Thursday | April 17, 2014

Big Story on Big Printers!!! (with HD Video Review)

A GREAT DAY! Ever have one of those days where you walk into a bookstore to check out the photo magazine section and discover you have the lead cover story on one of the best pubs on the rack? Not yet? Well, don’t give up! It actually happened to me last week, and in addition to my surprise, I was amused by an ironic twist. You see, it’s not the first time I’ve had a cover story on a national magazine. In fact, I’ve lost count of the cover stories I wrote and illustrated during my 17 year, temporary assignment at Popular Photography (PP) magazine. However, At PP I always knew a month before an issue hit the newsstands what stories I had on the cover. But as a freelance I discovered that you can never be sure when a submitted article will actually be published, and you rarely get a glimpse at a magazine’s cover until it’s in print. That explains why I was surprised to see my story “Go Big With Your Best Shots! Printers for Super Scenics” featured in the skyline of this month’s Outdoor Photographer Magazine (above one of the most beautiful cover images I’ve ever seen by George Lepp).

 

 width=Cover story for the March, 2011 issue of Outdoor Photographer magazine by yours truly!

The ironic twist comes from the fact that Outdoor Photographer magazine was and still is PP’s number one competitor, and had been the subject of several reports and conversations I had at my former gig. For the 10 years I tracked it between 1998 and 2008, OP was the only magazine that grew its readership, while the readership at nearly all other photo magazines—especially PP and AP—shrank significantly. I can’t go into the details of my competitive analysis reports due to my severance agreement, but I can say that I was always impressed by how targeted OP was to photo enthusiasts in both content and design, and that it was the only competitive magazine I read on a regular basis during that time. A glance through the current issue shows that it has remained on track, and is a much better value (and a much healthier book, based on content, ad diversity and page numbers) than PP is today. An added twist is that the lead story in this month’s PP is all about tips for improving your outdoor photos. Too little too late?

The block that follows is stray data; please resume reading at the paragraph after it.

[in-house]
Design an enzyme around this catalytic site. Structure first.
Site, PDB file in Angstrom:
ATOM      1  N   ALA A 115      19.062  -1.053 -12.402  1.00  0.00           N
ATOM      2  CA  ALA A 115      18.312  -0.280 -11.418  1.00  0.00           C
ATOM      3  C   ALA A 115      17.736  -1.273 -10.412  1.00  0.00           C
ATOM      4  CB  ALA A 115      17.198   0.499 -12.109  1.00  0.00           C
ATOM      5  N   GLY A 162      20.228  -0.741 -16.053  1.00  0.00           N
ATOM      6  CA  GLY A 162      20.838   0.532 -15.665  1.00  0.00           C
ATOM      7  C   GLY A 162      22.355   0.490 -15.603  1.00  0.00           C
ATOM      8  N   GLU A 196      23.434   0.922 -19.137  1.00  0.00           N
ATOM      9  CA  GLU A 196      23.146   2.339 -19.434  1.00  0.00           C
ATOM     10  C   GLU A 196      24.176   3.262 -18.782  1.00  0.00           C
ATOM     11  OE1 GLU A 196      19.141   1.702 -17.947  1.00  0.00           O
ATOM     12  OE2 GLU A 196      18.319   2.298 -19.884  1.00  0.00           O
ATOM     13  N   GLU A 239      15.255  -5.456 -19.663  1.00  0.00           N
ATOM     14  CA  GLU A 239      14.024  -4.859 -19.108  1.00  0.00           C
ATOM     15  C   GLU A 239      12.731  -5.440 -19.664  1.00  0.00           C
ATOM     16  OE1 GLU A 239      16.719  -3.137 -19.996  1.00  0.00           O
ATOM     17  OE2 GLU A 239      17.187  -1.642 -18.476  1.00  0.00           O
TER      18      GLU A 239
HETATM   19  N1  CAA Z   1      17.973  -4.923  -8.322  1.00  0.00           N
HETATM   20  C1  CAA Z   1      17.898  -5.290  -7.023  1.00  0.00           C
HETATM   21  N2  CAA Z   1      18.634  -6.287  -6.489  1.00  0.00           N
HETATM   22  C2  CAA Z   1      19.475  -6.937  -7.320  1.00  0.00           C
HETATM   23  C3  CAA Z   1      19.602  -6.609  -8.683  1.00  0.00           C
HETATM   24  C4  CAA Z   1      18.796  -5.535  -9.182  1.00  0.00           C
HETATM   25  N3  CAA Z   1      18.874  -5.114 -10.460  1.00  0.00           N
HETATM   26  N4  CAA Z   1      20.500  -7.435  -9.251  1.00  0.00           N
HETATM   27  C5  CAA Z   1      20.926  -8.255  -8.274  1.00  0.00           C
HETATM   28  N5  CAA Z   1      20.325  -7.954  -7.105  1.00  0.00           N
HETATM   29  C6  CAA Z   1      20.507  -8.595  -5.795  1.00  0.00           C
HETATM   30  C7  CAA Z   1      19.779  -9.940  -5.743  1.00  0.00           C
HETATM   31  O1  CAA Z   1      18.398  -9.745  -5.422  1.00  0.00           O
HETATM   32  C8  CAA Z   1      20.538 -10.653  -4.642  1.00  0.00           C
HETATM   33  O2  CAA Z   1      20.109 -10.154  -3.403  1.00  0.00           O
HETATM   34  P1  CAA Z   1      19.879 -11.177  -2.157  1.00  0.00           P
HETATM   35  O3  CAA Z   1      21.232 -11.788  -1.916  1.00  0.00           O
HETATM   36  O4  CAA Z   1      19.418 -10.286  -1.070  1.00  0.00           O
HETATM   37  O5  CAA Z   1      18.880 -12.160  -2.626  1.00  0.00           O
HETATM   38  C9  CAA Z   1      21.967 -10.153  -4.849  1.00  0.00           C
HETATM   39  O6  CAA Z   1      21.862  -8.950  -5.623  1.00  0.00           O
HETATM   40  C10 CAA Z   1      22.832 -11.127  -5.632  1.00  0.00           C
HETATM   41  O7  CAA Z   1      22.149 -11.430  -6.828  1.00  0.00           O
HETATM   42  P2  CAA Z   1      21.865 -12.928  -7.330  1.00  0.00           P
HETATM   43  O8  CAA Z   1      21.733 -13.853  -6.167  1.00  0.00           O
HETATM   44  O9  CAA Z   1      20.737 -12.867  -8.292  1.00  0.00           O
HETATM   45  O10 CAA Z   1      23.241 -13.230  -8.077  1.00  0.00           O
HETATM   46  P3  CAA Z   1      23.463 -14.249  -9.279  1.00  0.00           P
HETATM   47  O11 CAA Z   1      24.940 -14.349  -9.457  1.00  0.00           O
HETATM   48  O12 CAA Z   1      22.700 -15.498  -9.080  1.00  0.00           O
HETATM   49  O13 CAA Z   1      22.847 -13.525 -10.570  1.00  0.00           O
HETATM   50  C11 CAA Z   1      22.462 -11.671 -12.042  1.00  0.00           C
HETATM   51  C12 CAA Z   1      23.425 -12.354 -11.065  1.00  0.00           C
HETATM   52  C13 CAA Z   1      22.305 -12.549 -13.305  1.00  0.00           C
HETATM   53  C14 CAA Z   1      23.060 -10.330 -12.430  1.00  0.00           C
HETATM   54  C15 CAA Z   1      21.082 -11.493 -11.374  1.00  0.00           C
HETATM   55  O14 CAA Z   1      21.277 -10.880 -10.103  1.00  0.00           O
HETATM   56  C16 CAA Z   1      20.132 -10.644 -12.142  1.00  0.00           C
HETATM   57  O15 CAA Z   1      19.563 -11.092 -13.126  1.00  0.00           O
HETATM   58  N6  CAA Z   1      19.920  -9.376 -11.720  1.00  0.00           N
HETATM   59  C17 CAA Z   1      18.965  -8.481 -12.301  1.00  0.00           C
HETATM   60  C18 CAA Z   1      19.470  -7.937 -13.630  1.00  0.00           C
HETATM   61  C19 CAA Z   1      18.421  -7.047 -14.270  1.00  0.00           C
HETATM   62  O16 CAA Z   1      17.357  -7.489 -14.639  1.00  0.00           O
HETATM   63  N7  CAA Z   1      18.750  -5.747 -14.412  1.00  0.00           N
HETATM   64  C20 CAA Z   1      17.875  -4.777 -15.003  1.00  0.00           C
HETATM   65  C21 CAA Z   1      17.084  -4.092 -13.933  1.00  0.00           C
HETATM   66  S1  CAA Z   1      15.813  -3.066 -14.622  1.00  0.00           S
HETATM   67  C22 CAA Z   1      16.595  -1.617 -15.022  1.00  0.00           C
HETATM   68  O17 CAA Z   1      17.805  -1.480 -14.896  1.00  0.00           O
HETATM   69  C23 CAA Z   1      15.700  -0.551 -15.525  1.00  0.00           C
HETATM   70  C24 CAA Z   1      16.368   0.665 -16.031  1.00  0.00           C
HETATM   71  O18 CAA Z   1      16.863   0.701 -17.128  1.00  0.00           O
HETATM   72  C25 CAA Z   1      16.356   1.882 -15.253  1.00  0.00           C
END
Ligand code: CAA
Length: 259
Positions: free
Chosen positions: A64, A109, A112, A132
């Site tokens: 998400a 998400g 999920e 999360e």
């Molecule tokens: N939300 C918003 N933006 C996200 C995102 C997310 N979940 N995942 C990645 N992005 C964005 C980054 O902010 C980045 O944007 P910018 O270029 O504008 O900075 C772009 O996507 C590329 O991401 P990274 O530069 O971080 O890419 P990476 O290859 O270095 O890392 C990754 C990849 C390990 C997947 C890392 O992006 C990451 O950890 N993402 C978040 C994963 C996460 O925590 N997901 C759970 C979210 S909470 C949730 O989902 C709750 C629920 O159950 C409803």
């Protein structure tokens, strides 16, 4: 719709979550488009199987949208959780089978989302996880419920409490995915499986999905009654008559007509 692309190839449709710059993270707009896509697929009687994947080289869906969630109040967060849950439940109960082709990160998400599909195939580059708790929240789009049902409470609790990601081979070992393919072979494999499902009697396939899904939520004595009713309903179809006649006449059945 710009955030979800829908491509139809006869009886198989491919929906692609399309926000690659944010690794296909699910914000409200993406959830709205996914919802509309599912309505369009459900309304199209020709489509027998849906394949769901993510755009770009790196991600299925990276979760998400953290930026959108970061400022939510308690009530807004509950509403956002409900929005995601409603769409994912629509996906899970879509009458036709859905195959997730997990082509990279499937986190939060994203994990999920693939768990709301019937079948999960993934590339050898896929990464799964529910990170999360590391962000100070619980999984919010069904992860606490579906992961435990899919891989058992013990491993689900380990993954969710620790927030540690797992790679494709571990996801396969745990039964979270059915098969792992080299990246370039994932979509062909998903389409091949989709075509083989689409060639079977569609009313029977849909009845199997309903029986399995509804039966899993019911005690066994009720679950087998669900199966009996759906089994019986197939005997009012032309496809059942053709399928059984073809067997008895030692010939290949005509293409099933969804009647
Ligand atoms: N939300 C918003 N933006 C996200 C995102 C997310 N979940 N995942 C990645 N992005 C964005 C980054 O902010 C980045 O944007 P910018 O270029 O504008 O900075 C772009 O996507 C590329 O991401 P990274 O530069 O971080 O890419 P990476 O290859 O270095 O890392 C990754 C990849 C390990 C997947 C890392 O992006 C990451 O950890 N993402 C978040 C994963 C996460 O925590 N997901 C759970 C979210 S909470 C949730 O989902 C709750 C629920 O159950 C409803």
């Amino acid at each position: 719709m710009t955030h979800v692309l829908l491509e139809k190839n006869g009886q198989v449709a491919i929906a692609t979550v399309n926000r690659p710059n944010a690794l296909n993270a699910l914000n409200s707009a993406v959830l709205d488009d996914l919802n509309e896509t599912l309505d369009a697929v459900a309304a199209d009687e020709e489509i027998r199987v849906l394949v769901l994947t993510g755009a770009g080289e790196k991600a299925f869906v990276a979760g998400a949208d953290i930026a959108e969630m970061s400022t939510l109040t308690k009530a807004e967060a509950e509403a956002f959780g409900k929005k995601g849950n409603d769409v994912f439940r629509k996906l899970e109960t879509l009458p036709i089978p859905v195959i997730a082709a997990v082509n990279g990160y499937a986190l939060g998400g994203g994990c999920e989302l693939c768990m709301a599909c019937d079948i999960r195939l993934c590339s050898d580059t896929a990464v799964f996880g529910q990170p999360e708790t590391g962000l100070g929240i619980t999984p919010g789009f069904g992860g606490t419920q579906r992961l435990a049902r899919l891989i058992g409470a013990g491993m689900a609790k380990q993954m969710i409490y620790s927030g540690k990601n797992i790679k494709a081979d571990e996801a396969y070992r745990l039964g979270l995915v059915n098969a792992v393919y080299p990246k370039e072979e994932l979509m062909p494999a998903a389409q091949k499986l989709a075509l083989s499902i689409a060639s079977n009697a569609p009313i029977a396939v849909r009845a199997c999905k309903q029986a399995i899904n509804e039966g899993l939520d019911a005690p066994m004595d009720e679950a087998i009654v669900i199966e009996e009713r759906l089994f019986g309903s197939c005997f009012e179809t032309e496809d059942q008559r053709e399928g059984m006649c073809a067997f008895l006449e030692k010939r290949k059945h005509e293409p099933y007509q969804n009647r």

Now I’ll have to add one other publication to the short list of my favorite reads: Digital Photo Pro. In my opinion, it’s equally targeted and designed for professional photographers, and I’d highly recommend it to anyone who’s thinking of going pro with their photography. Perhaps I could convince the editor of that magazine—Chris Robinson (hey, isn’t he the editor of OP too?)—to surprise me again in a few months with a cover story of my own on DPP? Hint, hint!

MOVIE TIME:
In related news, I recently completed a product-comparison movie on three state-of-the-art 24-inch ink jet printers—the Epson Stylus Pro 7890, Epson Stylus Pro 7900, and Canon’s ImagePROGRAF 6300. Find out what I discovered regarding the differences in their setup, performance, image quality, and extra features in the following video (click on the arrow icon in lower right corner to play it in 720p HD):

 

 

About Author

Michael J. McNamara
Michael J. McNamara

Michael J. McNamara is the Editor in Chief of the McNamara Report, Principal Analyst at In-Depth Focus Labs & Studio, and Photographer at McPhoto Video.